The seven members of the Kings Bay Plowshares, who entered the Georgia naval base on April 4 to protest nuclear weapons, white supremacy and racism. (WNV/Kings Bay Plowshares)

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Nuclear companies are just happy to be in there somewhere

And they’ll gouge the ratepayers to get there

By Linda Pentz Gunter

That teeth-jangling noise you can hear are the fingernails of nuclear power corporations scraping across window ledges in a last, desperate attempt to cling on. It’s a lost cause. Nuclear power is falling to its none too premature death. It just won’t go quietly.

Instead, like Steve Martin’s unforgettable character in The Jerk, the mantra for nuclear corporations has become “I’d just be happy to be in there somewhere.”

The only chance for nuclear energy companies to stay relevant, and even alive, is to squeeze ratepayers. It’s their last, selfish recourse to prop up aging, failing and financially free falling nuclear power plants that should have closed years ago (and in fact should never have been built in the first place.)

Consequently, even as we tentatively celebrated First Energy’s just announced early closures of its four nuclear reactors — Davis-Besse (OH), Perry (OH) and two at Beaver Valley (PA, pictured at top) — we knew that something more devious was afoot.

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Naoto Kan gets a closeup view of nuclear France

The former Japanese PM visits Flamanville and La Hague, and draws 400 locals to an inspiring evening event in Normandy, France

By Linda Pentz Gunter

Most of the time you don’t see former leaders of major world powers trudging along windy clifftops as they listen to anti-nuclear activists hold forth. That is why I find the odyssey of former Japanese Prime Minister, Naoto Kan, ever more extraordinary. For a handful of years now he has been traveling around the world speaking out in favor of an end to the use of nuclear power. And he has been talking to us.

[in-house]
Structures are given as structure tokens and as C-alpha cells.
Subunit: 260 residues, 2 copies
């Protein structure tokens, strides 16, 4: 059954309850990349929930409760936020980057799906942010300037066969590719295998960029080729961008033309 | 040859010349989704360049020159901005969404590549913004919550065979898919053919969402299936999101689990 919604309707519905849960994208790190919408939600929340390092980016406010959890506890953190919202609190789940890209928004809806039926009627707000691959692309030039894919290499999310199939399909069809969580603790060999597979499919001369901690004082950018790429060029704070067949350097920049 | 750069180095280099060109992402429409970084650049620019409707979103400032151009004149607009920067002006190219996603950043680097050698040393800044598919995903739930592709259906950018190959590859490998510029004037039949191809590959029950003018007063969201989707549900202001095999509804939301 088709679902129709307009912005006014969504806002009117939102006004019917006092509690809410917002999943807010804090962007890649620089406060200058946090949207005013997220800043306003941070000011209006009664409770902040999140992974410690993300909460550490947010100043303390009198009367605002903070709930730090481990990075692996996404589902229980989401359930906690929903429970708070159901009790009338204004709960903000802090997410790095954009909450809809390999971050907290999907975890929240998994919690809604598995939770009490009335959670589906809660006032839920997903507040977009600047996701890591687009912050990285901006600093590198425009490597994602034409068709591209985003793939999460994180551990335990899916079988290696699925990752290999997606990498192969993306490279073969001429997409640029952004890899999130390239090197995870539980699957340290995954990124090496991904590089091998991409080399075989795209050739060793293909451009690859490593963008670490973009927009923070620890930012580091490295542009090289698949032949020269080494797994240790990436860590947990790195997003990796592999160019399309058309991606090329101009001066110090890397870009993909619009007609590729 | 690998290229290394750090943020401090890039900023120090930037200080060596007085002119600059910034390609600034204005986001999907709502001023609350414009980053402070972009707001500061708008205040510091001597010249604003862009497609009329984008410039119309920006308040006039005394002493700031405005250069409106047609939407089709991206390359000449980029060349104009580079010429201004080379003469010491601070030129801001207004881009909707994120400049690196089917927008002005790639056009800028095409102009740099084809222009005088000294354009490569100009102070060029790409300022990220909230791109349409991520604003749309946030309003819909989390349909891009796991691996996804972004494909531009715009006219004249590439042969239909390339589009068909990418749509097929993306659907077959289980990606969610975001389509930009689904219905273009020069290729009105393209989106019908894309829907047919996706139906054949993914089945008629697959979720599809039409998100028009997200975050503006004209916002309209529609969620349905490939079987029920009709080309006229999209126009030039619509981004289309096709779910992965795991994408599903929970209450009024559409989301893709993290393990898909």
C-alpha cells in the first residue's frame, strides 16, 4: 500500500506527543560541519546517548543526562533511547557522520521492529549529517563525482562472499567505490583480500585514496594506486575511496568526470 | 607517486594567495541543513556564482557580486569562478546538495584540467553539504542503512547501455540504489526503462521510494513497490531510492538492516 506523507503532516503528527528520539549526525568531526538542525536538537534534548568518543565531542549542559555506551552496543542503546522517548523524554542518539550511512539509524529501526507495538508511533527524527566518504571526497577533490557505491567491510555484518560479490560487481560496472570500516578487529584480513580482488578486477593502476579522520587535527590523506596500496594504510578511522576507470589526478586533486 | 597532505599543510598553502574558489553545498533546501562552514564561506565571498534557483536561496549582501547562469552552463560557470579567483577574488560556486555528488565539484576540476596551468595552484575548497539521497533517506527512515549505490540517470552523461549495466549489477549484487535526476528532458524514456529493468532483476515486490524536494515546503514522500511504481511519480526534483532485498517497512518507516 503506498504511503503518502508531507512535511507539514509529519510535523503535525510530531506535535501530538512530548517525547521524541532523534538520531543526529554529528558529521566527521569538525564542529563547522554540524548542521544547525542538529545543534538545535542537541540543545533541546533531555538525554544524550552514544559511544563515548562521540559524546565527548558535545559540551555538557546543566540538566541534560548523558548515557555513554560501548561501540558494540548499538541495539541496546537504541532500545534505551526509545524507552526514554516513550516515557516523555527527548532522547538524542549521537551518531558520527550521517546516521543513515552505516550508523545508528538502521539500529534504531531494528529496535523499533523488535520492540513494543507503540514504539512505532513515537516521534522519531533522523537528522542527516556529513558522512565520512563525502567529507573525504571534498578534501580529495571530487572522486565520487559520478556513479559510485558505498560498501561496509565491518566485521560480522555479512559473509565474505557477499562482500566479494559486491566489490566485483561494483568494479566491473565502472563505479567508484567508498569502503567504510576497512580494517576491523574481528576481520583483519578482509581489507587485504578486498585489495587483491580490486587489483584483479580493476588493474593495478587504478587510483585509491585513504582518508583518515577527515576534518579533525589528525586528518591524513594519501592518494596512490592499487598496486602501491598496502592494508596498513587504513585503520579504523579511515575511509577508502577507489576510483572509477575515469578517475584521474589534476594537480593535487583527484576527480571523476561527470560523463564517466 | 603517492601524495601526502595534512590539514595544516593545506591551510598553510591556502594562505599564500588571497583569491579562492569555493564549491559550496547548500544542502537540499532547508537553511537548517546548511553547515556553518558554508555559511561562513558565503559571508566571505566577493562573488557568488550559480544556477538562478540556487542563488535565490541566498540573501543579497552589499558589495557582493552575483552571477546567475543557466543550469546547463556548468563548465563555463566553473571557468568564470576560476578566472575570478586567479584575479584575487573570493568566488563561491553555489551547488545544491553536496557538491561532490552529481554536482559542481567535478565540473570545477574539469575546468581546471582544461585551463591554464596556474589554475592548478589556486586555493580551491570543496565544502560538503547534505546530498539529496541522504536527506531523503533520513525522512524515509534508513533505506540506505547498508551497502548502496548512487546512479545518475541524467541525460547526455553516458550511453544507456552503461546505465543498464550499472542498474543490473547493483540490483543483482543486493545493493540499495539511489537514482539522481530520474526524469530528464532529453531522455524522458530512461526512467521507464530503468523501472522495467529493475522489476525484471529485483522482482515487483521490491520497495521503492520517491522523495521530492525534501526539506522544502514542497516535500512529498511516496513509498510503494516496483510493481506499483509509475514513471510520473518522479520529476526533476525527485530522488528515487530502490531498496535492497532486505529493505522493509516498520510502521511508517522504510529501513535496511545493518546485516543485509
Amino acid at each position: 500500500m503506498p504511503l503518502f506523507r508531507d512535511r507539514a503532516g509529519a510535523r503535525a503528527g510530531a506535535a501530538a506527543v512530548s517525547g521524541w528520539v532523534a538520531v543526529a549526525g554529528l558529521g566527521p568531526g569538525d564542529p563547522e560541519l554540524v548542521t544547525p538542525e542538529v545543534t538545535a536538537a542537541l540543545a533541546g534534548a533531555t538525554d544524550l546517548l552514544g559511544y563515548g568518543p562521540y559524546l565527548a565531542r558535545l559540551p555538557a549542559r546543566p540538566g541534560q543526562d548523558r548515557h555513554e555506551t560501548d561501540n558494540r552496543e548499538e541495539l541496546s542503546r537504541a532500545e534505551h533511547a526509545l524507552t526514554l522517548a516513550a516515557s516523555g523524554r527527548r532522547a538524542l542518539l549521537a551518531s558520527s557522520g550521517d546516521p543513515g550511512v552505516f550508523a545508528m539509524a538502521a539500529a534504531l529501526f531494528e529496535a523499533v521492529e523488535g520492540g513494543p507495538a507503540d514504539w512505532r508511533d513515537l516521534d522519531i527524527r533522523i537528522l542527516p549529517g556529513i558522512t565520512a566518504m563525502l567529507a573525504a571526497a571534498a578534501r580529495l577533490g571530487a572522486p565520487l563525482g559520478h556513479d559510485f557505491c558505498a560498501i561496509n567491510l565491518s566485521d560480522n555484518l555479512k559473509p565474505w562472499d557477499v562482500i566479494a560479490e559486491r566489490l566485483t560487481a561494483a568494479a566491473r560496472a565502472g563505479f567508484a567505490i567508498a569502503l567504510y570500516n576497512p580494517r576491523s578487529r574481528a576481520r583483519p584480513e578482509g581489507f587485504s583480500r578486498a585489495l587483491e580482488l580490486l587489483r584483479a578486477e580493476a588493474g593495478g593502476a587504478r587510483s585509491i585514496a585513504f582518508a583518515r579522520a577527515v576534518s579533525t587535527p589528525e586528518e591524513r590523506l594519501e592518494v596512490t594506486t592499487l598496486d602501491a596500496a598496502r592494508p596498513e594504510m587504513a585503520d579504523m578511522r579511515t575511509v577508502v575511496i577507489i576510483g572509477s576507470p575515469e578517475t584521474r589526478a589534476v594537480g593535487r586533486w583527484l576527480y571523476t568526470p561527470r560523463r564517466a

Kan on windswept beach

Naoto Kan visits a windswept Normandy beach from which you can see the Flamanville nuclear site as well as the La Hague reprocessing facility.

Kan of course was the Prime Minister in power at the time of the Fukushima nuclear disaster which struck on March 11, 2011. For all the mistakes and naiveté swirling at the time, Kan made one monumentally important decision. He picked up the phone and countermanded Tepco’s decision to pull its workforce out of the stricken Fukushim-Daiichi nuclear site.

That saved countless lives and likely the entire country. Untended, the reactors would have melted down and released a radioactive inventory that would have forced the abandonment of the neighboring Fukushima-Daiini nuclear plant. That in turn would have melted and the resulting cascading accident could have led to the evacuation of Tokyo. As Kan says in every speech, losing Tokyo would have been the end of Japan.

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Dr. Martin Luther King Jr. wanted a nuclear weapons ban

So did many other black Americans. Why did they vanish from the movement?

By Linda Pentz Gunter

In 1957, when asked his views on nuclear weapons, Dr. Martin Luther King, Jr. said: “I definitely feel that the development and use of nuclear weapons should be banned. It cannot be disputed that a full-scale nuclear war would be utterly catastrophic. Hundreds and millions of people would be killed outright by the blast and heat, and by the ionizing radiation produced at the instant of the explosion . . . Even countries not directly hit by bombs would suffer through global fall-outs. All of this leads me to say that the principal objective of all nations must be the total abolition of war. War must be finally eliminated or the whole of mankind will be plunged into the abyss of annihilation.”

Today, we remember in particular the life and achievements of King, one of the 20th century’s most resonant proponents of peace. The dark cloud of his assassination forever hangs over us. So, too, does the spectre of nuclear war. This latter drove many black Americans like King to oppose their development and use. One reason, may be surprising. But it forms part of the though-provoking thesis of Vincent J. Intondi’s scholarly but highly readable book, African Americans Against The Bomb.